As gardeners, we think of the spring as a time of renewal.
Plants awaken from their long winter's nap and begin the process of growing again.
But fall is also a time of renewal.
Here in Texas, our hot summer perennials are refreshed by ever-so-slightly cooler temperatures and a little bit of rain. Many of them begin a new bloom cycle until the first frost appears.
Fall bloomers, like fall Asters and Oxblood lilies also thrive.
And, our most precious Bluebonnets, the state flower and our February/March pride and joy, begin to grow delicate green foliage.
My Night-blooming Cereus is also experiencing a revival. This bud showed up 3 days ago and I've been checking it each night to see if I can capture it's beautiful flower. The last time it bloomed in the spring, I actually missed 3 blooms at once because I forgot to check it one night. (There is little more disappointing as a gardener than missing such an infrequent bloom, only to find a limp little goose-neck looking spent bloom drooping down.)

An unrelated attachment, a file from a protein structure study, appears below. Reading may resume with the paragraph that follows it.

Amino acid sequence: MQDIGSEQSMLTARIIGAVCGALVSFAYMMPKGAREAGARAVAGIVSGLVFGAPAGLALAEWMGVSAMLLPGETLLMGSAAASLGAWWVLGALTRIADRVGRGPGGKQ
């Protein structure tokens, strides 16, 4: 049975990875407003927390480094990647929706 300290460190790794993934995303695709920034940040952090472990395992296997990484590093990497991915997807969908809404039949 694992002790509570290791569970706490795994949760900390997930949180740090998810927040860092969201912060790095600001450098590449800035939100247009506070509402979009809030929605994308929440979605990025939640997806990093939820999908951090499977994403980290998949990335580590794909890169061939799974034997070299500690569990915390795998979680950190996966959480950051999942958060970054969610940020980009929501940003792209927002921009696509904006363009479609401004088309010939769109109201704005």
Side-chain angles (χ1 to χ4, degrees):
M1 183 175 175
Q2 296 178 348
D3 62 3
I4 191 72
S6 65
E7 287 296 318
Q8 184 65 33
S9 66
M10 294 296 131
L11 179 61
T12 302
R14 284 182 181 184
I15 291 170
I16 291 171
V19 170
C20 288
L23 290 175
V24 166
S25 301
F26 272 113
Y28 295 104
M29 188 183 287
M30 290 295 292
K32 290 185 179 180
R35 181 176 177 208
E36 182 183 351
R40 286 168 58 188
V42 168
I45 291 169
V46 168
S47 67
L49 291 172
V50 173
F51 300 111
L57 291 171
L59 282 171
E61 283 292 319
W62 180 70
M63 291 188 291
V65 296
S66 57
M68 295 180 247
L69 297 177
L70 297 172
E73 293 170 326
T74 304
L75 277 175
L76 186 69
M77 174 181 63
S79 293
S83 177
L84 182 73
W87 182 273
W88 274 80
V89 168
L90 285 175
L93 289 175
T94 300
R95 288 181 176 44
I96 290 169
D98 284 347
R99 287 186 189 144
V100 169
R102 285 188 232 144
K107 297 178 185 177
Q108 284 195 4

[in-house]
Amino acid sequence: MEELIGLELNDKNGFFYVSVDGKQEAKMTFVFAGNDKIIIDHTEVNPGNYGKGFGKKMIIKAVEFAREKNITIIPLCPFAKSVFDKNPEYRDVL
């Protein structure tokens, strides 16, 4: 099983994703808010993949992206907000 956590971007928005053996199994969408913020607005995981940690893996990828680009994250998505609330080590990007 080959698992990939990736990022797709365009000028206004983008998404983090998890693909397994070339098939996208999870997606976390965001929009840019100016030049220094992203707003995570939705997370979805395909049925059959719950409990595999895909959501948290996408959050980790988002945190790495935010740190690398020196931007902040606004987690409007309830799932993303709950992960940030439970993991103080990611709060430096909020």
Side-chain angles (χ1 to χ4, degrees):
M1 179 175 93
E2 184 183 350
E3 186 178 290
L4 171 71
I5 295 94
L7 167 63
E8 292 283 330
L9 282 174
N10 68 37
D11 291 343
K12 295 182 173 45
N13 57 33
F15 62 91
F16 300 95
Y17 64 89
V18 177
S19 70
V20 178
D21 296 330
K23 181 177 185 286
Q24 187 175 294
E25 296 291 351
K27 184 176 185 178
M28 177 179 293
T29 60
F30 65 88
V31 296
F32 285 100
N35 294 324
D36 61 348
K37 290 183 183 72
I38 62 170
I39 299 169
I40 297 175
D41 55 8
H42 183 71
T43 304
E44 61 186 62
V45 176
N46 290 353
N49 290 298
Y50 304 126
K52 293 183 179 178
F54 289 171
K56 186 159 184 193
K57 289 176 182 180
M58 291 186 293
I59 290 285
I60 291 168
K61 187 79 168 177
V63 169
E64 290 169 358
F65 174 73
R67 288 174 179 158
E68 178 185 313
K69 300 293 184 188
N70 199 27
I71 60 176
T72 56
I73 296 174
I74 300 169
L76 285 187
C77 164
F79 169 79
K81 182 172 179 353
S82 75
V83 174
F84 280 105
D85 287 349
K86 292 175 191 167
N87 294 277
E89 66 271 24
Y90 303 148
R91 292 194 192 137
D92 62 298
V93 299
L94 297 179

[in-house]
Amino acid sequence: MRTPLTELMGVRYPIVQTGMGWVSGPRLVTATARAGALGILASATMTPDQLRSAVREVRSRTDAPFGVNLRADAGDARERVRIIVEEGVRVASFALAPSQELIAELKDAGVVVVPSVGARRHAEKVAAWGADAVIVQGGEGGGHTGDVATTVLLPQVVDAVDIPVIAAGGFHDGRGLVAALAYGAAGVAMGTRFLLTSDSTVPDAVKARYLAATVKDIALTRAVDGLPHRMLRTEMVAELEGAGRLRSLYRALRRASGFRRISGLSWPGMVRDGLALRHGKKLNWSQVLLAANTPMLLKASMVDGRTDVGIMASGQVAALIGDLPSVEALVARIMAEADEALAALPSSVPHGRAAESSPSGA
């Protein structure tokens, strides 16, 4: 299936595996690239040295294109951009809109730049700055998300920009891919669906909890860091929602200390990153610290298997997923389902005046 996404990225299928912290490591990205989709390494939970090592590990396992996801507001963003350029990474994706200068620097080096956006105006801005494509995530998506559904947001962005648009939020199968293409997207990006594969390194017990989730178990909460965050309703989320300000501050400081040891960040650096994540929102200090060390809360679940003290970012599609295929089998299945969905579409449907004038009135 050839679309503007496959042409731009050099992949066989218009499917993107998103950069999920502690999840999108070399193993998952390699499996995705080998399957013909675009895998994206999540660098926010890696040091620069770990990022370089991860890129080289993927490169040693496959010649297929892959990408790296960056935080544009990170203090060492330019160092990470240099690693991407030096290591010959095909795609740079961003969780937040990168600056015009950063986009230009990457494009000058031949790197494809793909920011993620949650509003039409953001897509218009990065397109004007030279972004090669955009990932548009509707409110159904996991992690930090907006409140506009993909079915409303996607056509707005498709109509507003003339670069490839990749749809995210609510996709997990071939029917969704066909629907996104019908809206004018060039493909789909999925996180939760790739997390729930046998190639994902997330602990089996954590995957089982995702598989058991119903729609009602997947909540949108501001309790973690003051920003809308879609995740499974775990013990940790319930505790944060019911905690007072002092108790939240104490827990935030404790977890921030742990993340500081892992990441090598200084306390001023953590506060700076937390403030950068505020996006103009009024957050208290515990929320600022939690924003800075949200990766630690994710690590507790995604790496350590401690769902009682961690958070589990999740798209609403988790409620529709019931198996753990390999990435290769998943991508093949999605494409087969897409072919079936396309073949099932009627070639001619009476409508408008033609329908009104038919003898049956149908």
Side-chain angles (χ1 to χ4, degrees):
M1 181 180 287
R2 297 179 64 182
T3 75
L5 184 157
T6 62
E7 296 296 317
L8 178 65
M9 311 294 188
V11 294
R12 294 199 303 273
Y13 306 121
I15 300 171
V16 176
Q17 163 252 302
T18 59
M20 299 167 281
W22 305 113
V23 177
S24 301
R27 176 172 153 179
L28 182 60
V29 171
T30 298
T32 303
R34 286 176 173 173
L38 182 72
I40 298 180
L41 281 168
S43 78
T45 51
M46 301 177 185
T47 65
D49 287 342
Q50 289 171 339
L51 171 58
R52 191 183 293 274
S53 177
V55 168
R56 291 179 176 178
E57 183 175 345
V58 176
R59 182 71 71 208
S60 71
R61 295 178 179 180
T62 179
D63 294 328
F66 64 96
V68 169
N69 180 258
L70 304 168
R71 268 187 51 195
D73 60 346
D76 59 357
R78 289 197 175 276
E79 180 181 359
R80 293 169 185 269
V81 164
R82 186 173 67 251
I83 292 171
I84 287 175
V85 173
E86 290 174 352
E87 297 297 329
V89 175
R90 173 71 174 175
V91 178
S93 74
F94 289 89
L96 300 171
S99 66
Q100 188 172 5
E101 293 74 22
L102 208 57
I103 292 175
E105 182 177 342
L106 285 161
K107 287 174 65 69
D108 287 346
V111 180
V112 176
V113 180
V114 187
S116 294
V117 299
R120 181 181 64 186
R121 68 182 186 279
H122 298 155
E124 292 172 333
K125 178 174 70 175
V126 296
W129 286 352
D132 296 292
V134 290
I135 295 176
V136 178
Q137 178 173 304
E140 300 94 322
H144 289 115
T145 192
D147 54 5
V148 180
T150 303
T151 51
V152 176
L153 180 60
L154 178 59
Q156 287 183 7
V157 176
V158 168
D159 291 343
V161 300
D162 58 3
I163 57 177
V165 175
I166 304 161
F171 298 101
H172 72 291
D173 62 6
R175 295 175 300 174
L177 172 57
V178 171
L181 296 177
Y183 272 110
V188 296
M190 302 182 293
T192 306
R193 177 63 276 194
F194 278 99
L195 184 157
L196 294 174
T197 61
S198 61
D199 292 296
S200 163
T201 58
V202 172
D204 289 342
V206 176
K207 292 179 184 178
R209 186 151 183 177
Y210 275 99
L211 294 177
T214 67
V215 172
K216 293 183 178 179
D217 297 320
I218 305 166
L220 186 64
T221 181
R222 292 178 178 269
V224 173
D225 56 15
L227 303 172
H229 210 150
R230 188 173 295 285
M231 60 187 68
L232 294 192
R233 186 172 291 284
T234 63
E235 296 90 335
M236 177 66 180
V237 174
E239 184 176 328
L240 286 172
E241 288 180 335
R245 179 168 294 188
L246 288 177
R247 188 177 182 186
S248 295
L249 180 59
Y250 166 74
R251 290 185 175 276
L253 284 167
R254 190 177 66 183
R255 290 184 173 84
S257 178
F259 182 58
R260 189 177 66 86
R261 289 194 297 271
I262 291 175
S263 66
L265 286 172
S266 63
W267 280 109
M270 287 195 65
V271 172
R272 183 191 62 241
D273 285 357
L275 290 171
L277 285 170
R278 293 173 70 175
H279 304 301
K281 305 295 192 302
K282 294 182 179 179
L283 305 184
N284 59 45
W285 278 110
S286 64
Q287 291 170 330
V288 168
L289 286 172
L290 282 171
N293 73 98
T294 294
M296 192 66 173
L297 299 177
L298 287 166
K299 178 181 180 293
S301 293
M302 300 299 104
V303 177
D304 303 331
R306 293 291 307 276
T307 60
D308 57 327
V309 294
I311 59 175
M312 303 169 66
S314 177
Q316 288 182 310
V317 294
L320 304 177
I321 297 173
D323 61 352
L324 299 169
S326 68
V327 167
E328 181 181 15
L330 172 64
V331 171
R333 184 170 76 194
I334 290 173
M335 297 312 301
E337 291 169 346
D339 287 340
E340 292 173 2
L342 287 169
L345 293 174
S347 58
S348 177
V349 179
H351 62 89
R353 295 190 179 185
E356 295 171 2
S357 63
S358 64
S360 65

These variegated dwarf Satusuma oranges are growing rounder and rounder and turning a little more orange than yellow. I can't wait to taste them! (But it will still be a few months before our traditional citrus harvest here in Central Texas.)
And more Lycoris Radiata buds are forming in my flower beds. Some are hidden by other plants, and I have to push foliage aside to get a sneak peek at many of them.
I can only get a partial shot of this one, but isn't she pretty?
There are many more promises of things to come in the garden. What are you looking forward to in your garden?
Labels: blue bonnets, dwarf satsuma oranges, fall, lycoris, night blooming cereus, oranges, spring